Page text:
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Opposition leader: Saddam is alive

People crawl over rubble in Baghdad's Mansour neighborhood after Monday's strike.

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•  Commanders: U.S. | Iraq
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NASIRIYA, Iraq (CNN) -- A key Iraqi opposition leader says he has information that Saddam Hussein survived an airstrike in Baghdad and escaped from the capital with at least one of his sons.

However, U.S. Defense Secretary Donald Rumsfeld said he did not know whether Saddam was dead or alive.

"He's either dead, or he's incapacitated, or he's healthy and cowering in some tunnel someplace trying to avoid being caught. What else can one say?" Rumsfeld said.

Iraqi National Congress leader Ahmad Chalabi told CNN Wednesday the unconfirmed reports indicated that the Iraqi president had taken refuge in the city of Baqubah, northeast of the Iraqi capital.

"We have no evidence they have been killed in that attack. We know at least that Qusay, his son, has survived and he is occupying some houses in the Diyala area," Chalabi said.

The same reports indicated that Gen. Ali Hassan al-Majeed -- nicknamed "Chemical Ali" -- was wounded but alive and in the same area.

While Chalabi offered gratitude to the coalition for Iraq's liberation, he also expressed irritation that the coalition has not provided more assistance in cities such as Nasiriya and Basra.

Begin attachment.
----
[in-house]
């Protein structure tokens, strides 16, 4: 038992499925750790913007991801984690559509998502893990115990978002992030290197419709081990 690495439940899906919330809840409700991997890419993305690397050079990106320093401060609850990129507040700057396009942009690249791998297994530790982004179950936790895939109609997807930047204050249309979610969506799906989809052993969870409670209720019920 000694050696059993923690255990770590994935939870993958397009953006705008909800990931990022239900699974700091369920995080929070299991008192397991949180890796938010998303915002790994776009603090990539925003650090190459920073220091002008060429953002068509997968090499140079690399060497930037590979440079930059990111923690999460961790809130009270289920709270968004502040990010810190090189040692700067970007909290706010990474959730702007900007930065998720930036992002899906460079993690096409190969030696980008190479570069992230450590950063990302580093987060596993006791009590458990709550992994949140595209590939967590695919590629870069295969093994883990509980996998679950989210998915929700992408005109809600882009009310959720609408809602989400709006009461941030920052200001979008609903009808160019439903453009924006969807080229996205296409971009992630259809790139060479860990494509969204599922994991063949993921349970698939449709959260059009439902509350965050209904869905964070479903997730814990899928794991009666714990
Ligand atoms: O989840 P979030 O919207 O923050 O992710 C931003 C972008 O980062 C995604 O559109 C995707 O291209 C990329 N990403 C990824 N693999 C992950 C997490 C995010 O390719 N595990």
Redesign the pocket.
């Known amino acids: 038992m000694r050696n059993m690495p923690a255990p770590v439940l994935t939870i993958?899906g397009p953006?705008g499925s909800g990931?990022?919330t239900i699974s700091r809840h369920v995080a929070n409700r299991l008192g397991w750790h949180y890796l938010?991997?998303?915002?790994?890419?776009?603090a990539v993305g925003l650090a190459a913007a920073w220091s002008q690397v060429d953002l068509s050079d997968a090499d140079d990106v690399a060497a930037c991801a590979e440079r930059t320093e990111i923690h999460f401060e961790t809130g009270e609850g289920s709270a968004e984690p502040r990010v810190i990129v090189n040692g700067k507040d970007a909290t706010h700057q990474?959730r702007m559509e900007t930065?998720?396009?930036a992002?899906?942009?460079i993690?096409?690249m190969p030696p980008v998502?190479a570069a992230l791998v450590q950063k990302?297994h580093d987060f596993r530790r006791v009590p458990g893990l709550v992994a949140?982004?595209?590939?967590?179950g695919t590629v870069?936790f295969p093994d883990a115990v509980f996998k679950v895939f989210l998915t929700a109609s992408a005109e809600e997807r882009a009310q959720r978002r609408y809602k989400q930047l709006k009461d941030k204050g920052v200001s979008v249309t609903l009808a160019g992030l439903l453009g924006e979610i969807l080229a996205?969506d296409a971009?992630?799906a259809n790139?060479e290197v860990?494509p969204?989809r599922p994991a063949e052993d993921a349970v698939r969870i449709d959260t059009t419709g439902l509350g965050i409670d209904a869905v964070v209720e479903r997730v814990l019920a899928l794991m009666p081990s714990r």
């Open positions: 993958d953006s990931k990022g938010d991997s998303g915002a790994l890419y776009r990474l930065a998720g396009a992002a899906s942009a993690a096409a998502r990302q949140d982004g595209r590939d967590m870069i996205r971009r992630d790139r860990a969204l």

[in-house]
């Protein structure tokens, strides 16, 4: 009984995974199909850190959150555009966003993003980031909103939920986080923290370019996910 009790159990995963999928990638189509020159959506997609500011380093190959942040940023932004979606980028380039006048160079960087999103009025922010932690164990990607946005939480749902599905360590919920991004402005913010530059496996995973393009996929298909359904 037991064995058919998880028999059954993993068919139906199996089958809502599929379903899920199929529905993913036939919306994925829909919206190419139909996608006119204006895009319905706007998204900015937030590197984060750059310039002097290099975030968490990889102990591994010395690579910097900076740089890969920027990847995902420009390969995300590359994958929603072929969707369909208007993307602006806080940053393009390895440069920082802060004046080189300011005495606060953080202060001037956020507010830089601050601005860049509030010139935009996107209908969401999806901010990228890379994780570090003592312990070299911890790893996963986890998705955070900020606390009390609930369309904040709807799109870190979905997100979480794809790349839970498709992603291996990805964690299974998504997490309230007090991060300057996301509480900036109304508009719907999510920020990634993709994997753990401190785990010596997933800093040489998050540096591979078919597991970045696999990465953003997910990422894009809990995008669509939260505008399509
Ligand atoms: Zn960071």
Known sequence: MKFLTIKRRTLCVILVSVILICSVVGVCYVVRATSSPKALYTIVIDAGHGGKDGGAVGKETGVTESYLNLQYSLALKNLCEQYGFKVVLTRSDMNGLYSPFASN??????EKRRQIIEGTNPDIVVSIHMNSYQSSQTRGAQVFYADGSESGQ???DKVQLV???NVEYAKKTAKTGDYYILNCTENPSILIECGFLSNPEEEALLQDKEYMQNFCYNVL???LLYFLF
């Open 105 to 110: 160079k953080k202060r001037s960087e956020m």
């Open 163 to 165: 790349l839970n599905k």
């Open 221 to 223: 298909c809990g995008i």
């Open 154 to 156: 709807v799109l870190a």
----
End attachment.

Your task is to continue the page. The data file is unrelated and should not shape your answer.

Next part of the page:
As long as humanitarian and infrastructure problems in the country persist, Chalabi said, the country will remain unstable, despite the coalition's military progress. Referring to Iraqi's ruling Baath Party, he called for "de-Baathification" of the country.

"There will be no absolute security with the current situation. The U.S. troops have defeated Saddam militarily. That was never a problem. The issue is the Baath party and the remnants of the Baath party who will continue to pose a threat."

He asked why coalition officials are in Kuwait when the southern region is in "great need of assistance."

"This is true all over the south," he said.

"It's very important to be in the southern part of Iraq," he said, because people have become "dispossessed" and the citizenry needs to be "empowered."

"They must feel they are part of the political process," he said.

"Where is General Garner now?" Chalabi said, referring to retired Army Gen. Jay Garner, who is to head up U.S. reconstruction effort in Iraq.

"The people need assistance here in Nasiriya. Why are they not here? Why don't they work to rehabilitate the electricity and water? Why don't they start working on the curriculum? Why are they in Kuwait? This area is in great need of assistance now. People are hungry. Their supplies are going to run out. Basic services have to be restored," he said.

"Where are they?"

He said he met with a Marine commander in Nasiriya to "get a police force going."

"I think the way to move forward is to create a police force from scratch. Many of the police officers have gone home," he said.

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